1 Like

Wow, thank-you for the thoughtful response, Cam. Yes, I’m definitely going to classify the spouse as either a separate membership level or a unique custom capability. The tricky part is creating the spouse user in the first place. I’ve been playing around with the WP “user_register” hook, and it’s unsatisfactory, as it seems like it’s called after the primary user is created but before the primary meta-data is saved, with the result being that the spouse user I create during this time receives the meta data of the primary user and the primary user receives nothing.

I hope that made sense! Anyway, now what I’m thinking of doing, is once a day (say in the middle of the night), have some code automatically run that loops through all users, putting all their info including meta-data into an array. The code will look for spouse email field and match it up with an existing spouse user, check membership level status of primary user to be sure all is well, and if spouse user doesn’t exist (because primary user joined earlier that day), then create spouse user. Doing this should avoid any timing hiccups I experienced with the hooks. What do you think?

This seems like a great idea.

The only hiccup I can see with it is if the spouse account wants to be used on the same day as a primary user is created (or before the script runs). To get around that flaw, you could include a notice that spouse accounts will be linked within 24 hours, allowing time for your script to run, or you could tap into the login routine of a user and manually run your script if it is a spouse account.

If you look closely at what S2 Member Pro changes in the main WP files, you can get the picture that there are ways member creation is lacking, since S2 adds in several filters and hooks within the user creation process.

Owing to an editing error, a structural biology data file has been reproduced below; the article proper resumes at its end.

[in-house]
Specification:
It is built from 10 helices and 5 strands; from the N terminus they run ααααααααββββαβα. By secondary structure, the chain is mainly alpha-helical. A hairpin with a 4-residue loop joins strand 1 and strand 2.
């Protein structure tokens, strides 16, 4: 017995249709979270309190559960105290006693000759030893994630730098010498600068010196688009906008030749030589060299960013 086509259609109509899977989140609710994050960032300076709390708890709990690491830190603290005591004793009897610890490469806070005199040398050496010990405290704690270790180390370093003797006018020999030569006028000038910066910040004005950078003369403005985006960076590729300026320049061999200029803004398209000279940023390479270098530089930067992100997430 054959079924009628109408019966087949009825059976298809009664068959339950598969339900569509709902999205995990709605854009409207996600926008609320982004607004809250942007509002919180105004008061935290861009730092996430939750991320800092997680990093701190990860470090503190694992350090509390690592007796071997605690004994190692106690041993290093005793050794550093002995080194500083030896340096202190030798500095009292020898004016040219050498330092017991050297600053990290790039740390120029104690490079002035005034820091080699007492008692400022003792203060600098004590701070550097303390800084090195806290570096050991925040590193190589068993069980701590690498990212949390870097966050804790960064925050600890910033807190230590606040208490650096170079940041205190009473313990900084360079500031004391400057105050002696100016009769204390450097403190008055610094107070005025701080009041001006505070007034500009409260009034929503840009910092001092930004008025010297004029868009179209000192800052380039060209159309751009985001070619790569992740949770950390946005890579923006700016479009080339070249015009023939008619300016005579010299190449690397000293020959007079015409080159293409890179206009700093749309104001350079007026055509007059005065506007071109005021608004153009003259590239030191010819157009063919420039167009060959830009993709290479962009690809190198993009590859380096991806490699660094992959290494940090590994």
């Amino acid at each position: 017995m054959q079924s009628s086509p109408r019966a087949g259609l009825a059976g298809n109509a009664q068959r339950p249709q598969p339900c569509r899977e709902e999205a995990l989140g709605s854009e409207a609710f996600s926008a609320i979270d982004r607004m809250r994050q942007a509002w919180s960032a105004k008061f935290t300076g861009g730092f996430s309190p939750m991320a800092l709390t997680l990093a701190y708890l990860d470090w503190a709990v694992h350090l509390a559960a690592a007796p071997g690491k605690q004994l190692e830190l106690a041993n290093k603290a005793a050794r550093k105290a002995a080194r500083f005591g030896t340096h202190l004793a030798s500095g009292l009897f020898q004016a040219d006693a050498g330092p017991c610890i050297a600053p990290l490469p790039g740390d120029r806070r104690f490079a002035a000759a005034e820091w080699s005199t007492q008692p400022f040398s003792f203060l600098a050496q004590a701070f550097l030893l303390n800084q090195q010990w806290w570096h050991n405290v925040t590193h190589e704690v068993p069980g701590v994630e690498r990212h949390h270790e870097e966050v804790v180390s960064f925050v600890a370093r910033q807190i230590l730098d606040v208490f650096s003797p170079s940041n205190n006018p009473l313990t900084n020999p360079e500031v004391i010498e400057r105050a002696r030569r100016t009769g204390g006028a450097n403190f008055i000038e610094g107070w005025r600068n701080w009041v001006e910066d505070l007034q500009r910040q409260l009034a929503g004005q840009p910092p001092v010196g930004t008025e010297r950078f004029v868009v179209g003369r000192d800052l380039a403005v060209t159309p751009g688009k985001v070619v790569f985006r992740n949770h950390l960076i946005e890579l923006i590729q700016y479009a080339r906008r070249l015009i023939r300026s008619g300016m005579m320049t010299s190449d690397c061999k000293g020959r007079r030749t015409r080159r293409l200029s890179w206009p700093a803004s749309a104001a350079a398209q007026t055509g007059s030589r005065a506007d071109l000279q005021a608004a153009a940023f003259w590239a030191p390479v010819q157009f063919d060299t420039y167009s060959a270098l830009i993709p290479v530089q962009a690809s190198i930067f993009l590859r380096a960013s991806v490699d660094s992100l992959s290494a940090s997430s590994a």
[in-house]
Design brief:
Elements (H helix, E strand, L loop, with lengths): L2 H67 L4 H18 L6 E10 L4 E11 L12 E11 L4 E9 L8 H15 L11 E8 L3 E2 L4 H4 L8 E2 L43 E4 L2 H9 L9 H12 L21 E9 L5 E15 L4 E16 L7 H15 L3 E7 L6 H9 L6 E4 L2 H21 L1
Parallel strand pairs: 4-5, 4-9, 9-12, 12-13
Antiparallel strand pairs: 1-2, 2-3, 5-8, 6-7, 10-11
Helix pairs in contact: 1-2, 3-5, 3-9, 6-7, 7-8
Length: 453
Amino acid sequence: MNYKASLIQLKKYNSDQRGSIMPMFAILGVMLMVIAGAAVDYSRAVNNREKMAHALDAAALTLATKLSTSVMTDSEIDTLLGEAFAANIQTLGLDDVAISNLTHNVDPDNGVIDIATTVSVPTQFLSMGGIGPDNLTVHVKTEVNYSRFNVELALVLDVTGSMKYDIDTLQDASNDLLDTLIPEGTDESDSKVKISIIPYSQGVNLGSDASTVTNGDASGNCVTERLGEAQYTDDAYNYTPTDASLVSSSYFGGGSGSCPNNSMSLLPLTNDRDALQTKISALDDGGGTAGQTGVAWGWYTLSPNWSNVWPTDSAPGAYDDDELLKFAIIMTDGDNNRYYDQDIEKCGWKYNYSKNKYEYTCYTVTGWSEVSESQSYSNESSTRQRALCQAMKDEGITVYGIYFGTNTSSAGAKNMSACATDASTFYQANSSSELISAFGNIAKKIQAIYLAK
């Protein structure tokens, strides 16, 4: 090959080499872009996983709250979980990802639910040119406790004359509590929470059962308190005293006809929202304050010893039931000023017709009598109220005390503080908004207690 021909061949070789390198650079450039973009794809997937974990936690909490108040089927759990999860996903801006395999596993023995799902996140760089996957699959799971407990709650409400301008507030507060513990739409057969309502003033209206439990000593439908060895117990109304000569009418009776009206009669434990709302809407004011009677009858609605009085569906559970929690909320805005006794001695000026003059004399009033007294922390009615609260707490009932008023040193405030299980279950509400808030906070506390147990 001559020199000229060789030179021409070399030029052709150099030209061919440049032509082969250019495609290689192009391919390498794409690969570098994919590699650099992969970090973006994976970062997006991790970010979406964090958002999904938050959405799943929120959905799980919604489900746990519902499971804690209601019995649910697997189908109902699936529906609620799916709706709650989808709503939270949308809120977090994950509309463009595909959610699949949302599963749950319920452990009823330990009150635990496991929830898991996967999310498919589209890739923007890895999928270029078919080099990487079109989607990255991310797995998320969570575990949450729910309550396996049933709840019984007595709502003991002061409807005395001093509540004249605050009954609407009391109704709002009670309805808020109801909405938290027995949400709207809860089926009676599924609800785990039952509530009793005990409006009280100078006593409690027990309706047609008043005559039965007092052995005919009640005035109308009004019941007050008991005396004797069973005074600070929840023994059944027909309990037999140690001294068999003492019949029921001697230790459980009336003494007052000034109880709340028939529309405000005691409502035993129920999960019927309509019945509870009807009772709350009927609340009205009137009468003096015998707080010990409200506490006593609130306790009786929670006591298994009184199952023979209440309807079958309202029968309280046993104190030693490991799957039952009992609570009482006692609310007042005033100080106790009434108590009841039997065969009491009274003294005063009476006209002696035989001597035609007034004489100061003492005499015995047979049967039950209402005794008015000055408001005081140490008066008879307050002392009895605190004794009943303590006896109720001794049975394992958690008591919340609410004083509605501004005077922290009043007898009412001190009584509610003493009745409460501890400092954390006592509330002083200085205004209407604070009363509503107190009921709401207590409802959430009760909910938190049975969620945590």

Best wishes with your site and getting this configuration working. :slight_smile:

1 Like

Hi Cam,

You seem like a long-time user of S2, and probably pretty good at coding. Could I trouble you to have a quick look at my code, which is not yet giving me the results I’m seeking? I’ve managed to get the cron event to work, and with the help of the plugin “Crontrol”, I can fire it immediately for testing purposes. I also figured out how to print out results, by setting DEBUG flag in wp-config.php file and creating a log file. I read all the users from WP database (just some fake ones for the moment), and I’m now trying to create two arrays of users, one array is filled with the users that have paid or are “courtesy” (free lifetime membership, i.e. no eot) and who have listed a spouse email in S2 custom field. The other array is the users who are the spouses, whom I call “conditional” members, and they have an invisible S2 custom field (for admin eyes only) called the master ID, which is the user ID of the paid or courtesy member they are tied to. It’s like a foreign key in a database. So, level0 = non members (but I have their email), level1 = conditional members, level2 = paid members (through paypal or by adding them by hand if paid by check), and level3 = courtesy members.

Anyway, the filling of the arrays seems to be going well, but now I want to start updating user info and creating new members programmatically. Specifically, if there’s a paid/courtesy member with a spouse email, then I’ll check that there’s a conditional member tied to them, and if not then create new conditional member with the appropriate masterID custom field added to their info. Updates can also occur, if the paid/courtesy member changes their profile and sticks in a new spouse email. In that case, I’ll find the conditional member with the masterID, and update their email.

But, the problem I’m having is that the updating of user isn’t working as expected. For example, as you’ll see in the code, I do a quick error check to see if there are any conditional members that have no masterID in their custom field, and if I find one, then demote them down to level0 (non member). To test it out, in Admin Panel I created a new user and chose their role to be conditional member (level1), but didn’t put in any masterID. The code does indeed recognize this and tries to demote them. The trouble is, when I go look at that user later in the Admin Panel, it has no role, and at the very bottom of user profile page, it has a new note saying there are “added capabilities”, this note not being present on any other users.

I found this S2 tutorial on this subject, here it is:

But, this tutorial is rather confusing, probably due to my limited php knowledge. For example, why do they instantiate the user with $user = new WP_User($user->ID); ? Isn’t $user already instantiated because of the foreach loop?

Okay, so here’s my code, I put in lots of comments so it should be apparent what I’m trying to do. The code is in s2-hacks.php, which resides in mu-plugins. I’d be very grateful if you could take a look at it, and you’ll probably find some errors I’m making. Thank-you!

Later edit: code appears in next comment

Regularly do an inventory of users, adding spouse user when necessary.